Natacha Bouchart makes embarrassing attempt to smear humanitarian aid efforts in desperate attempt to find a scapegoat for cities problems.
(This article was first published on “The Digital Warehouse” – January 16 2018)
Yesterday morning, the mayor of Calais, Natacha Bouchart (LR) claimed that aid organisations were capitalising on the plight of the community of displaced persons living rough in the area. Appearing on BFMTV, she accused the associations of “using the migrants to exist”.
She continued her ludicrous claim:
“They [the aid organisations] have no interest in migrants finding comfort elsewhere because it is their purpose of existence.”
Bouchart’s desire to over-simplify the situational narrative of the Calais refugee crisis is indicative of the local authorities approach to the issue: ignoring the absolute failure to provide basic rights and turning a blind eye to systemic police brutality, while simultaneously levying blame elsewhere.
The efforts of aid organisations operating in the region have only come about due to the negligence of the local authorities forcing non-governmental agencies to take on the French state’s responsibility towards the protection of vulnerable people. With Emmanuel Macron visiting today, it seems that Bouchart is attempting a final push to shift the blame before the President himself arrives.
Whilst working on the ground in Calais, aid organisations have witnessed little to no attempt to provide people with: legal protection, safeguards for vulnerable people and children, adequate safe accommodation, and no information on asylum rights.
What aid organisations have witnessed are attempts to make living conditions as inhumane and as miserable as possible with regular unjustified uses of excessive force, violence and clearances of makeshift shelters.
Up to 700 people are currently living on the streets or in tents around Calais. Children are dying on the sides of motorways. Non-governmental organisations have seen outbreaks of entirely preventable medical conditions due to the living conditions people are forced into.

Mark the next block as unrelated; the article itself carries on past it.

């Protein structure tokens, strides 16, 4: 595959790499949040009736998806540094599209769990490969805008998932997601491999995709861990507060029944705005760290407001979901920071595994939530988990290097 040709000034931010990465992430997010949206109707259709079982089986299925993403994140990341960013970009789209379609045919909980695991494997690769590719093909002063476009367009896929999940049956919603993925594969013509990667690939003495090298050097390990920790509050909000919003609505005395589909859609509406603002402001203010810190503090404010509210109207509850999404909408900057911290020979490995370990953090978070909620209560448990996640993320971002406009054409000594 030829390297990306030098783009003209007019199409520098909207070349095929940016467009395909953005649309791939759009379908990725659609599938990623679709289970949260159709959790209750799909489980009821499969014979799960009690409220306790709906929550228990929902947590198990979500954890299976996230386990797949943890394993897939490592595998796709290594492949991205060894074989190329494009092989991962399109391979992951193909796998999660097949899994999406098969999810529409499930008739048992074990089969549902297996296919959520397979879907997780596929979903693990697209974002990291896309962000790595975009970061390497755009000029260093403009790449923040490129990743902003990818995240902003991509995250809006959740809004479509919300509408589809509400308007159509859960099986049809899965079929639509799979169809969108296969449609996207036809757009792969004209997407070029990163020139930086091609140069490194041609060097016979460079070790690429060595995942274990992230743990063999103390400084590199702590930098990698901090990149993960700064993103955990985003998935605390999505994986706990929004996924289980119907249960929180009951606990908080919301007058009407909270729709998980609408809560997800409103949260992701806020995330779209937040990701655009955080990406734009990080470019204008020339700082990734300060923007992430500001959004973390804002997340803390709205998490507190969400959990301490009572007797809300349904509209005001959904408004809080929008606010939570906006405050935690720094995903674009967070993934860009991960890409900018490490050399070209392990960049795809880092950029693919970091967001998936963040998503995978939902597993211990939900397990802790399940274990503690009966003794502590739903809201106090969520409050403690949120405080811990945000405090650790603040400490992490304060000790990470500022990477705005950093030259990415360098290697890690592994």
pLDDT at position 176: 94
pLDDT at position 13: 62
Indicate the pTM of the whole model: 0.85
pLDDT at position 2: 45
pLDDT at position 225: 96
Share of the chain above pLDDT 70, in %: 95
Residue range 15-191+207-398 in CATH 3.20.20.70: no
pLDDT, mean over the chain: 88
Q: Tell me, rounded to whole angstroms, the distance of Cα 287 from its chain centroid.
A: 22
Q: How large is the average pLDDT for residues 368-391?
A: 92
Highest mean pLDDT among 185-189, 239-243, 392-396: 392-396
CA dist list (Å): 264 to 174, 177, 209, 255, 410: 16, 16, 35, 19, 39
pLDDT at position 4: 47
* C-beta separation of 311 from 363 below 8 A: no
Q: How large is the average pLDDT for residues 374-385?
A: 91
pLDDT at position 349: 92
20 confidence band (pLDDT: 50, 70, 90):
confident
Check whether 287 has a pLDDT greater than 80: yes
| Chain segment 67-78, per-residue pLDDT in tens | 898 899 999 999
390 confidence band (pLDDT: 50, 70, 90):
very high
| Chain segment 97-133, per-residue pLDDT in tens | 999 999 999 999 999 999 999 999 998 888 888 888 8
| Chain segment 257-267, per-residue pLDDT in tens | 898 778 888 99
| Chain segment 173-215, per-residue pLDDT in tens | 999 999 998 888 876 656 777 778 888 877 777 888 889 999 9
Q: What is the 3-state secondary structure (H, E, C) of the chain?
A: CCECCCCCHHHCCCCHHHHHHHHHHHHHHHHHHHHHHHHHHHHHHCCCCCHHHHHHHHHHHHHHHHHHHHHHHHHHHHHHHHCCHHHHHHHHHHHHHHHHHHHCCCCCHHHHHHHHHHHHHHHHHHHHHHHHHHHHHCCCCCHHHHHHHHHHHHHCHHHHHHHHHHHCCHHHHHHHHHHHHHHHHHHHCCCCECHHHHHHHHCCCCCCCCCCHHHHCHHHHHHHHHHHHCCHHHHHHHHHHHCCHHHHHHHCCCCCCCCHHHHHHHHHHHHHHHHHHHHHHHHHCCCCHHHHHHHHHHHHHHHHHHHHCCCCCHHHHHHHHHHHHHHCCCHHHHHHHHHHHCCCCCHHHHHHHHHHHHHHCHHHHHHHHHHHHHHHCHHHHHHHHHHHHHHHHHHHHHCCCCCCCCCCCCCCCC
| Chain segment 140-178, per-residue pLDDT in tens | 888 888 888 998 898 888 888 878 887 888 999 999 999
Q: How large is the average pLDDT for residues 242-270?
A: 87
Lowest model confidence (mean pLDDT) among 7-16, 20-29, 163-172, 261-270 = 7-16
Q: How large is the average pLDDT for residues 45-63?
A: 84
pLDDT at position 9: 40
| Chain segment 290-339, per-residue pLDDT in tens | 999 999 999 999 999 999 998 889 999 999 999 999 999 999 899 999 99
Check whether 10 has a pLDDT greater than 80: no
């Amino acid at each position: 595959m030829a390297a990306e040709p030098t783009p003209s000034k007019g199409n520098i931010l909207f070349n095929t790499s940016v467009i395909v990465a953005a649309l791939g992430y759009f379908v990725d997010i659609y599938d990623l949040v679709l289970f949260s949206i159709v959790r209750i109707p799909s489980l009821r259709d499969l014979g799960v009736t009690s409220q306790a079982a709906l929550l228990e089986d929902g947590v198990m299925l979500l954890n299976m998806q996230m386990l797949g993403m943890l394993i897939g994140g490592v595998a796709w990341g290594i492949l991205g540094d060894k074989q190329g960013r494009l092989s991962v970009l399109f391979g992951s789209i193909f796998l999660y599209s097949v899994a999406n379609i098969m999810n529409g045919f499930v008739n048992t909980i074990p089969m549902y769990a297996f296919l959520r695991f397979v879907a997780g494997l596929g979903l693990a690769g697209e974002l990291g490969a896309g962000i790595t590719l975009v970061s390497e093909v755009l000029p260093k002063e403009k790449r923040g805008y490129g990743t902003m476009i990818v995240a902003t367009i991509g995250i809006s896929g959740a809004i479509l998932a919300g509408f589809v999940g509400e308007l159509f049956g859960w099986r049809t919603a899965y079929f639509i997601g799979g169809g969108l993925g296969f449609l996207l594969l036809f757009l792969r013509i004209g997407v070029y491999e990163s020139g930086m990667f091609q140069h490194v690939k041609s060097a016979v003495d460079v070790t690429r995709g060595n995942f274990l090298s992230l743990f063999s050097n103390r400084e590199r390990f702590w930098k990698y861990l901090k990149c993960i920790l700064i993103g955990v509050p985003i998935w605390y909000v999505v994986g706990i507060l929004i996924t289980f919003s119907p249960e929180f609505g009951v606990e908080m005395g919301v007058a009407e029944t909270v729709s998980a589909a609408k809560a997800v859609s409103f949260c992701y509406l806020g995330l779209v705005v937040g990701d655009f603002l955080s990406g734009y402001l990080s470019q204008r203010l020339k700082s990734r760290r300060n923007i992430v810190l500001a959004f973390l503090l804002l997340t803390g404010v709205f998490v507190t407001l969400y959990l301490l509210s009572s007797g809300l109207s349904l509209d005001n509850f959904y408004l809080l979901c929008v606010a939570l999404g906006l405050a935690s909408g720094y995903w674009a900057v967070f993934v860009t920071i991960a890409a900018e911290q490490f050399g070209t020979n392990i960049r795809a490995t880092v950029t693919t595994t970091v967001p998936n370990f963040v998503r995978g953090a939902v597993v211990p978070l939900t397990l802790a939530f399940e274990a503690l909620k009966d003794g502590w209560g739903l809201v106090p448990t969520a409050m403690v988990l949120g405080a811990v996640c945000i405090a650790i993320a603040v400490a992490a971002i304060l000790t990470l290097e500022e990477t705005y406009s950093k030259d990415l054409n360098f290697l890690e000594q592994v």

There is no static immigration office in Calais so people wanting to speak with Ofii (Office Français de l’Immigration et de l’Intégration) must wait until Ofii decide to show up and talk to them. According to the RRDP report “Twelve Months On”, 84.7% of respondents stated they did not have “access to information your rights and opportunities to change your situation.” Local NGOs have a phone number to call to request information from Ofii yet the line doesn’t seem to be in operation regularly, with many phone calls reported unanswered.
Three deaths and one nearly fatal accident in three weeks serve as an persuasive counter to Bouchart’s argument.
People would not choose to live in situations as grim as the one faced by refugees in Calais simply for the chance of a free meal and second hand clothing.
People live in these horrific conditions in Calais because of no desire on the part of the Mayor’s office to engage with the issue appropriately. This failure to acknowledge the extent of suffering felt by the displaced community in Calais is facilitated by both the French state and UK turning a blind eye to the tragedy.
Aid organisations in the area are providing humanitarian assistance and enabling people to survive. Natacha Bouchart only attempts to create “fake news”. This is simply a weak effort to create a smoke screen to distract from her total incompetence in dealing with the crisis since the dismantlement of the Calais refugee camp in October 2016, as well as Calais’ own economic downturn. Blaming migration for problems created by other separate issues is a common Right-wing tactic employed by politicians across the world.
Macron’s visit to Calais prefaces the French-British summit. Due to take place on the 18 January, Macron will meet with British Prime Minister Theresa May. It has been widely reported that both sides have been renegotiating Le Touquet Treaty, the agreement which allows UK border checks on French soil.
The Telegraph reported yesterday that France has “strong-armed” the UK into “revising …border controls, upping financial contributions and creating a joint ‘operational task force’ to handle asylum requests from migrants in Calais.”
According to Le Monde, France is using the Calais crisis as a bargaining chip in the ongoing Brexit negotiations, proving once again human beings are nothing more than political currency to the current administrations of both countries.